Therefore, it is highly probable that water utilities will play a crucial role over the next 20 years by providing such services as supply systems for potable water distribution, wastewater systems and sewage-treatment systems. Companies such as American Water Works, the largest public water and wastewater utility in the US, have therefore offered a growing appeal to investors. Indeed, the company’s stock between when it went public in April 2008 and the end of September 2016 has returned an eye-watering 363 percent.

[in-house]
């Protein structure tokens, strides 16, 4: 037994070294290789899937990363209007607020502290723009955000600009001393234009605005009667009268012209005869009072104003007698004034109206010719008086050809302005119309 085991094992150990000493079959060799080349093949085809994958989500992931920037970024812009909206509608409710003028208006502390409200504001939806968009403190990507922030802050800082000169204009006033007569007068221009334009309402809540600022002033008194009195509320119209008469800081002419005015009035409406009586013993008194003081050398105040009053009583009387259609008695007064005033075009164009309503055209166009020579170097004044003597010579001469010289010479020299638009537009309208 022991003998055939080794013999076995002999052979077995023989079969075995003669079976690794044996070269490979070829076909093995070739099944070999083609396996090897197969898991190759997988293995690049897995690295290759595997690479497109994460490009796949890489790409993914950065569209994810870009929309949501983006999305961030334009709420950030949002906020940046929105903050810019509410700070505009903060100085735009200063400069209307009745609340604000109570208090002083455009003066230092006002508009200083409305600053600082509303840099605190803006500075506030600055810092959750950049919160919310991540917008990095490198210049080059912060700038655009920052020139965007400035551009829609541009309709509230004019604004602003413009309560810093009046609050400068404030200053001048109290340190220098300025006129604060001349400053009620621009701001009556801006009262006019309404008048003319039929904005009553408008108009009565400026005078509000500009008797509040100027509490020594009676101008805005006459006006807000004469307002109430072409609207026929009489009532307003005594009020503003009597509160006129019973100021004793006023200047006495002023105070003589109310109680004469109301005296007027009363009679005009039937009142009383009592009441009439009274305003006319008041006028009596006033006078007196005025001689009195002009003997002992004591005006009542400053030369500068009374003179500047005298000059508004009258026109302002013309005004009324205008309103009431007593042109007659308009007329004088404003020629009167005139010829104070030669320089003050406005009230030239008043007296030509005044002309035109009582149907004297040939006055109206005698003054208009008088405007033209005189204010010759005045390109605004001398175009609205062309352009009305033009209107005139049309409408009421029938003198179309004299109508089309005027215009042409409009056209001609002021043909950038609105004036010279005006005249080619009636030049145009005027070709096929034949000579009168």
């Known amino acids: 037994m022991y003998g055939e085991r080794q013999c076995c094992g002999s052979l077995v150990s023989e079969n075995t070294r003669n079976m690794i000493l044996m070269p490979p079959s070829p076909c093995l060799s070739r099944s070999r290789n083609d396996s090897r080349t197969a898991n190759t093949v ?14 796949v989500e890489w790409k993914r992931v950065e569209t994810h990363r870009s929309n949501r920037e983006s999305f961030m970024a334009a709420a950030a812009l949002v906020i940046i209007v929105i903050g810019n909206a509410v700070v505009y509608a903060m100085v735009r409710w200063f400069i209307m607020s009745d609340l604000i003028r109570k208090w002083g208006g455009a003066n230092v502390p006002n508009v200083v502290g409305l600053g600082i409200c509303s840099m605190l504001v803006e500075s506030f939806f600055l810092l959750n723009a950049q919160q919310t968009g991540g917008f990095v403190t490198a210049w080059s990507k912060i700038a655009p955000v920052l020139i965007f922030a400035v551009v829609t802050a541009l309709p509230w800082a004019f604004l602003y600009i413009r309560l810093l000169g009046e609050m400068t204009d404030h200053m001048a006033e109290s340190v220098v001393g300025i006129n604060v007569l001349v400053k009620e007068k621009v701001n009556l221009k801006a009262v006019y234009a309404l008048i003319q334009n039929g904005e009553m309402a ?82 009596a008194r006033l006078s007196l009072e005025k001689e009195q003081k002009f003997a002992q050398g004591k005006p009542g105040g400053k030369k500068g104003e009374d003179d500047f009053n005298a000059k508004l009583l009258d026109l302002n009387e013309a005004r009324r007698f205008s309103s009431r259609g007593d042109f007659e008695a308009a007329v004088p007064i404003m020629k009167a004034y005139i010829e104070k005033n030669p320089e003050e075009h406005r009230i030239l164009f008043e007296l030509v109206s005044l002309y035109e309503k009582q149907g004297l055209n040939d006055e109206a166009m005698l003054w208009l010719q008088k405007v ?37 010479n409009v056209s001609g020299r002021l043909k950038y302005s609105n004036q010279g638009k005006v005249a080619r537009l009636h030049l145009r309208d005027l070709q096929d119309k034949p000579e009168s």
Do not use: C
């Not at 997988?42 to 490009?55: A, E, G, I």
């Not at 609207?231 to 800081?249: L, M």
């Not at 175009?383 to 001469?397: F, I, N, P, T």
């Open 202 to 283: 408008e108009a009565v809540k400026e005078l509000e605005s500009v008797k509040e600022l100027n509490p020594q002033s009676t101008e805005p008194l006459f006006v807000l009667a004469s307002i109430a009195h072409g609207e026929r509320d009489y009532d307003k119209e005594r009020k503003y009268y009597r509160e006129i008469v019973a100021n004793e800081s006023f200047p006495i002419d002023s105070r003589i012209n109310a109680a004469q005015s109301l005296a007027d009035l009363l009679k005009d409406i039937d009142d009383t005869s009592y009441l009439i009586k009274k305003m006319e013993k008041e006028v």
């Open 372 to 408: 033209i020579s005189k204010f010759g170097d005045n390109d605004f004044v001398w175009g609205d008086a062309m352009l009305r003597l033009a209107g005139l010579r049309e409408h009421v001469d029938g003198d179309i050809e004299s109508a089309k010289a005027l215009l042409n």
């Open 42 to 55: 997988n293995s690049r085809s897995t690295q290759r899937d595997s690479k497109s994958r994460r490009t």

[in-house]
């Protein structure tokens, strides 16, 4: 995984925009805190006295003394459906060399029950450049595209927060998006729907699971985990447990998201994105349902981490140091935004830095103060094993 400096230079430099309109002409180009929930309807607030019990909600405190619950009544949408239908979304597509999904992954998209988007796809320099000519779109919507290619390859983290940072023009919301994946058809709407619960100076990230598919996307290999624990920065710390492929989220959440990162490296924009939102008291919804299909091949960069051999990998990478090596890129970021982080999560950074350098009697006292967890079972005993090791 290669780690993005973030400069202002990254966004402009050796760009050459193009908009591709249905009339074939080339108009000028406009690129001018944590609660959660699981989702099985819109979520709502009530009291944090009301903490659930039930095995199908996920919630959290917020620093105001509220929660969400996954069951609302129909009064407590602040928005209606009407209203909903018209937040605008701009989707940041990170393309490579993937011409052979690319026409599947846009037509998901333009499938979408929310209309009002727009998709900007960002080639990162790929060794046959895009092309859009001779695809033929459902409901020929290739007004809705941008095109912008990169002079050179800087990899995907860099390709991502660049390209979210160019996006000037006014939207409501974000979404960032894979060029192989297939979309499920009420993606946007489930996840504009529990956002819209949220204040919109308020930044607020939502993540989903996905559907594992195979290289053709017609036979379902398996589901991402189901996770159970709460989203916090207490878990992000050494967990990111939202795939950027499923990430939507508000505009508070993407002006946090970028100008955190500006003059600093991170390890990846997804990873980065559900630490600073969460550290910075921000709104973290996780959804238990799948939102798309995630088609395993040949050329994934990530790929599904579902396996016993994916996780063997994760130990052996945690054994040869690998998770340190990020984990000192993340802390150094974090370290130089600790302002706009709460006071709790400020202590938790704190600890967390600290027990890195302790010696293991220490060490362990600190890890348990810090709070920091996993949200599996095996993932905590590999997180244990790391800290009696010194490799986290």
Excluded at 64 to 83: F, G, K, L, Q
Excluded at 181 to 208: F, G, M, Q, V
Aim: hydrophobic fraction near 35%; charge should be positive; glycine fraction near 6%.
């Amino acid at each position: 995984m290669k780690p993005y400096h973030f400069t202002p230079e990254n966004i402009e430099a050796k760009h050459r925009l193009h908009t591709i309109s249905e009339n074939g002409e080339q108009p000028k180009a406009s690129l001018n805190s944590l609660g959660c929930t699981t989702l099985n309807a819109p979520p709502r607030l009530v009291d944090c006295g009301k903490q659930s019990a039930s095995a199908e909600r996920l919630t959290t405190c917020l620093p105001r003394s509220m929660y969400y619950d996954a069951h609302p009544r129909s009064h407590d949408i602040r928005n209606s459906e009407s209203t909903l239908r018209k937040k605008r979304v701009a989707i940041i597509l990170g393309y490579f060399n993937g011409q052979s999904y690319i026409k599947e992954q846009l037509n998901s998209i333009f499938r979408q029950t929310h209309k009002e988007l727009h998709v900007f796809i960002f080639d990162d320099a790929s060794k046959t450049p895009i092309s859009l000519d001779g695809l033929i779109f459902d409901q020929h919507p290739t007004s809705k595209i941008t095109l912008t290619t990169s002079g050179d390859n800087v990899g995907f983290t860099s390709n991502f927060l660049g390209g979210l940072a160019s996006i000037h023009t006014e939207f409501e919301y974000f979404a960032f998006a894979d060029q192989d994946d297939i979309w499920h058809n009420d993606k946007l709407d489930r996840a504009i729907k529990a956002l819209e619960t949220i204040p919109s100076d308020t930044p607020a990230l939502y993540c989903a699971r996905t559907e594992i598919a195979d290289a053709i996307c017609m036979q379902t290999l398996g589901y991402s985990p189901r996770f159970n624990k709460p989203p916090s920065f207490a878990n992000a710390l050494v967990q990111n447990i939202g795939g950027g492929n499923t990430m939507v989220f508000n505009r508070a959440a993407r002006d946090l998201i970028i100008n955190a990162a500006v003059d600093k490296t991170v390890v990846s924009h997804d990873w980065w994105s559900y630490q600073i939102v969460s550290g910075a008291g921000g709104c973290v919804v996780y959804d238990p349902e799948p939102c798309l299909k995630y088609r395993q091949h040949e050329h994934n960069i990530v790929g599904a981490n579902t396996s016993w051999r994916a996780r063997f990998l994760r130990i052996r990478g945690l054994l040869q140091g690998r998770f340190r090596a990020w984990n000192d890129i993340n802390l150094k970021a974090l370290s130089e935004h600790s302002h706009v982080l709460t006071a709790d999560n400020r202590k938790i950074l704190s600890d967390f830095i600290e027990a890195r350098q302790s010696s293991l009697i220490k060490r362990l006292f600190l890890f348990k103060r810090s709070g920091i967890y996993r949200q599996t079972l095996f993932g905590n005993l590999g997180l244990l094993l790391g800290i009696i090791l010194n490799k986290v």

Unlike other commodities, such as gold and oil, water is not a tradeable asset at present, which means that its price can’t be tracked by investors. This is perhaps to be expected, given the fact that water is one of the most basic necessities of human life. However, by investing in the stocks of those water companies engaged in improving water provision in the country, and indeed globally, investors have been able to gain exposure to this mounting issue. With the emergence over the last few years of a number of exchange-traded funds that are focused on tracking US and global water utilities, infrastructure and water-equipment and -materials companies among the many water-related sectors, it seems likely that interest from equity-market investors will continue to grow in response to the US’s and the world’s growing need to address its water problems.